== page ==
Monday, December 30, 2013

Busking, Dead or Alive

My dearest Van Hammerheads! Your dark lord Van Hammersmith is here again, eating military hardtack crackers and drinking discount brand beer, dispensing opinions (not wisdom) and thoughts (not knowledge). I am very happy to announce that today I will be answering my first fresh question in YEARS. That's right, these past few questions have been from the archives, but my man Seamus has come to me at the very end of 2013 looking to hear what VH thinks.

Remember, I will answer your question too. Email me. My name is vanhammersmith. I am at Just remember that I won't answer your email, but I might answer your question here on this website. And then, somehow, I will be your friend. Remember to like me on facebook and follow me on twitter, because I'm a goddamn social media whore.

Hey Van,

Your column is the tits, long time fan. I have a question for you. What is your take on busking? Have you had any experience with it youself and do you have any tips on where, when and what to play? I live in Santa Rosa, CA and just started experimenting with it myself. I have had some luck and managed to pull in about sixty bucks over a period of four sessions. I'm not doing it just for the money, more for the fun and experience of it, but it is still nice to pull in some extra cash if I can.

Looking forward to hearing your ideas,


Oh, Seamus. Yes, I have ideas, and yes, you are going to hear them, because you have joined a very special under-class of the human race. What would Karl Marx say about buskers? Probably something like each according to his available spare change, to each according to his ability to make you smile on a street corner.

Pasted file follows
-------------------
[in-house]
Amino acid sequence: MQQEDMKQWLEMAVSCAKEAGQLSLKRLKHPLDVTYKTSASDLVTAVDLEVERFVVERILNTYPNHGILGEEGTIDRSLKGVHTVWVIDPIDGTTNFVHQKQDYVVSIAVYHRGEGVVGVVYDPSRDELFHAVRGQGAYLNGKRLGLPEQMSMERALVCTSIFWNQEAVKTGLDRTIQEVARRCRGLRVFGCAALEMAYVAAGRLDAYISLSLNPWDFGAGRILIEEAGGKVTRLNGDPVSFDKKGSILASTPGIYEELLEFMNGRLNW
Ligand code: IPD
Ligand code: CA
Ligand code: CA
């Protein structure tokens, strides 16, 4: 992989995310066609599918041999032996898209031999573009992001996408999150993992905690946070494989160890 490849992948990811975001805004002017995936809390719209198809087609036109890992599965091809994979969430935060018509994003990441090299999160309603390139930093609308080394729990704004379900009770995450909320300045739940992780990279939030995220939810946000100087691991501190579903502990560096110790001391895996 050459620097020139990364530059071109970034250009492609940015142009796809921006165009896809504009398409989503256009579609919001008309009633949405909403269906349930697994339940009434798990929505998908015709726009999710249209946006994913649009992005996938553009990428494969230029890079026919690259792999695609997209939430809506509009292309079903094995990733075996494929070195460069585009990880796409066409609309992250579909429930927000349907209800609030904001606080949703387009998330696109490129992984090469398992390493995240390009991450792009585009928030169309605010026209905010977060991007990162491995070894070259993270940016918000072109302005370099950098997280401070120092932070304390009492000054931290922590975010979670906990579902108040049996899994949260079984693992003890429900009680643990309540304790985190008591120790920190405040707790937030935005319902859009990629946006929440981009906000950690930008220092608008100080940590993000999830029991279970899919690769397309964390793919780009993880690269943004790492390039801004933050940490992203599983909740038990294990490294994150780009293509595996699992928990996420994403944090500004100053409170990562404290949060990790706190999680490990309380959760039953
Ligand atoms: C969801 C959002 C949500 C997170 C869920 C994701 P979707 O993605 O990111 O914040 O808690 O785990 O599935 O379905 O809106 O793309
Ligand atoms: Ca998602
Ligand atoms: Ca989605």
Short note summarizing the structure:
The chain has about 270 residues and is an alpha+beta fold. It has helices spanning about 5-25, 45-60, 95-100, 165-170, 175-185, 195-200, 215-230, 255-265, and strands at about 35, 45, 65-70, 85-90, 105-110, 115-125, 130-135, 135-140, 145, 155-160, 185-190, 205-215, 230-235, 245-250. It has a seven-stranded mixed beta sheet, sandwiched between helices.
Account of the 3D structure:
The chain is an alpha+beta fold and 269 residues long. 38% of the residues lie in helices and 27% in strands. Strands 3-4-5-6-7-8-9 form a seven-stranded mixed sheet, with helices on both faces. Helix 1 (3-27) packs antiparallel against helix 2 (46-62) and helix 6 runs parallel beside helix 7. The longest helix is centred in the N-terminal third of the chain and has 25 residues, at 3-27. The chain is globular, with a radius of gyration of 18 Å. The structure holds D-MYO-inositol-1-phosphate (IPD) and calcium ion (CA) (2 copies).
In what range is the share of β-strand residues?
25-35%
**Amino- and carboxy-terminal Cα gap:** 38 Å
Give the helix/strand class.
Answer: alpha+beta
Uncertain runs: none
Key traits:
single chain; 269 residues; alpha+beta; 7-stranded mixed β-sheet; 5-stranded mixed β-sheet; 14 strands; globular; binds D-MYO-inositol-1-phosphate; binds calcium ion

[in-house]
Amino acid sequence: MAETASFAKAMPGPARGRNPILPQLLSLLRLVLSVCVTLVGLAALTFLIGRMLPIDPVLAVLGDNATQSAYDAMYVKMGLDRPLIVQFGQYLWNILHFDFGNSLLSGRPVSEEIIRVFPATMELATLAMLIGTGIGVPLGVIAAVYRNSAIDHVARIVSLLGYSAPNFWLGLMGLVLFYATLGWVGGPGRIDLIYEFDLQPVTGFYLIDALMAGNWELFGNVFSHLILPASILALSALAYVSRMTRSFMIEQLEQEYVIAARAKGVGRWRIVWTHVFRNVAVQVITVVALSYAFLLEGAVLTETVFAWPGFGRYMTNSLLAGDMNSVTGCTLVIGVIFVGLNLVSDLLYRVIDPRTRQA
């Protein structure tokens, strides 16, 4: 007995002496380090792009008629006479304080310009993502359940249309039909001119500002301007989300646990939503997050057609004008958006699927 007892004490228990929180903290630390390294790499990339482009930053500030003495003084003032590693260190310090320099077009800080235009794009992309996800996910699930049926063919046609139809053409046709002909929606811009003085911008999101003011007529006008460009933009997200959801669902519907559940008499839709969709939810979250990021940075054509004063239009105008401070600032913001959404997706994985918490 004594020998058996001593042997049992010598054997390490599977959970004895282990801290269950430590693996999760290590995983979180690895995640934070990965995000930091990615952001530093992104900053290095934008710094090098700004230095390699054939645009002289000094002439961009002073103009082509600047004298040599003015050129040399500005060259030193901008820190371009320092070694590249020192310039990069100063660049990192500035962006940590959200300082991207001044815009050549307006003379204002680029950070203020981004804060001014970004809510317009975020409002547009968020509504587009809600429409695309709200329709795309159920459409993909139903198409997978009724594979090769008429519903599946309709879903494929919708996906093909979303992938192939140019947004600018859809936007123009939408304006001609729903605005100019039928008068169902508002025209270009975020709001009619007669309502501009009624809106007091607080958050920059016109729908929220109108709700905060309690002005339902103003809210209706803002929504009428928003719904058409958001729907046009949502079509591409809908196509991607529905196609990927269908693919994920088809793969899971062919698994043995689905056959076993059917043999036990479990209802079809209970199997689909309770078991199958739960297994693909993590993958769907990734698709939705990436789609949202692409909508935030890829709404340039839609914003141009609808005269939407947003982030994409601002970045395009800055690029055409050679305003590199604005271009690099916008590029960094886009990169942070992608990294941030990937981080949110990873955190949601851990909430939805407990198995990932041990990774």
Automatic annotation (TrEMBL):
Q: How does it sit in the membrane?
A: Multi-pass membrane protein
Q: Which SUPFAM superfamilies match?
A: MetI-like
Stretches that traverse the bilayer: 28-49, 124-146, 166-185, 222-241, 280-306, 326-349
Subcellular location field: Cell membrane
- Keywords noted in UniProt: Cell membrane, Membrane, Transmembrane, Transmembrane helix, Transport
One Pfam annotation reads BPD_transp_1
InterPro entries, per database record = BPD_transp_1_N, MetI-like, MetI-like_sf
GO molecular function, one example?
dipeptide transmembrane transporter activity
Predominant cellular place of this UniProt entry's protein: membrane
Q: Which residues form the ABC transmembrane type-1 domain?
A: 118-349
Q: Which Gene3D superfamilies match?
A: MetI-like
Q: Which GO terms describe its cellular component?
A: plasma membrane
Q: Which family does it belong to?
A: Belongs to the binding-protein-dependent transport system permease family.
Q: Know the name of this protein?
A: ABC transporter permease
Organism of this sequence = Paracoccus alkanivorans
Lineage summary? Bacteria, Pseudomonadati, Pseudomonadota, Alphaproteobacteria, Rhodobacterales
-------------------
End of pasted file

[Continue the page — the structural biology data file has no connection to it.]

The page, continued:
Yes, you are going down, down among the classes. You will become either a talented dabbler in the "street arts," or just slightly above hobo status.

By the way, some of the most memorable buskers I've come across have been hobos. Although not proper hobos, because I've heard that "hobo" is actually based on the term "homeward bound," which suggests down-on-their-luck fellas hitching rides in box-cars across the continent with their shit wrapped up in a hanky tied to a stick, trying to get back to Whiskey Road, Arkansas where dear ol' Pa makes "Crazy Juice" in a barrel in the barn and there's a fresh young thing down the dirt road that will chase you with a shotgun for leaving her after that first roll in the hay, but then she'll remember why she fell in love with you in the first place: because you play the spoons better than any dumb bastard in three counties.

And you assholes are saying "Spoons?" And I'm like, yeah, spoons, dummies, because if you're busking, just about anything will pass for an instrument. I've seen guys with the most broken-down shit you can imagine out there playing. Half a tambourine. The old standing-shuffle-clap dance. Anything passes.

I remember one time I was working a day job as a shipping clerk. We kept the back door open because it was so hot in there, and there was some goof who stood at the corner of the block all the time playing a slide whistle. You know: deeeeyoooooooweeeeeeeyoooooooweeet. He knew "Amazing Grace" and I think a Christmas song. I no longer remember which one. The thing was, he was brutally horrible at it, and although he could usually eventually find each note, he had a the rhythm/timing/tempo/etc of a five year old after eating three pieces of birthday cake and a can of soda.

Imagine stupid little Timmy-Johnny standing there with pink frosting all over his face and his eyes bugging out, singing the song he knows for Gammy and Gramps: "AMAZINGGRACEHOWSWEETTHESOUNDTHATSAVEDAWRETCHLIKEMEEEEEEEEE!"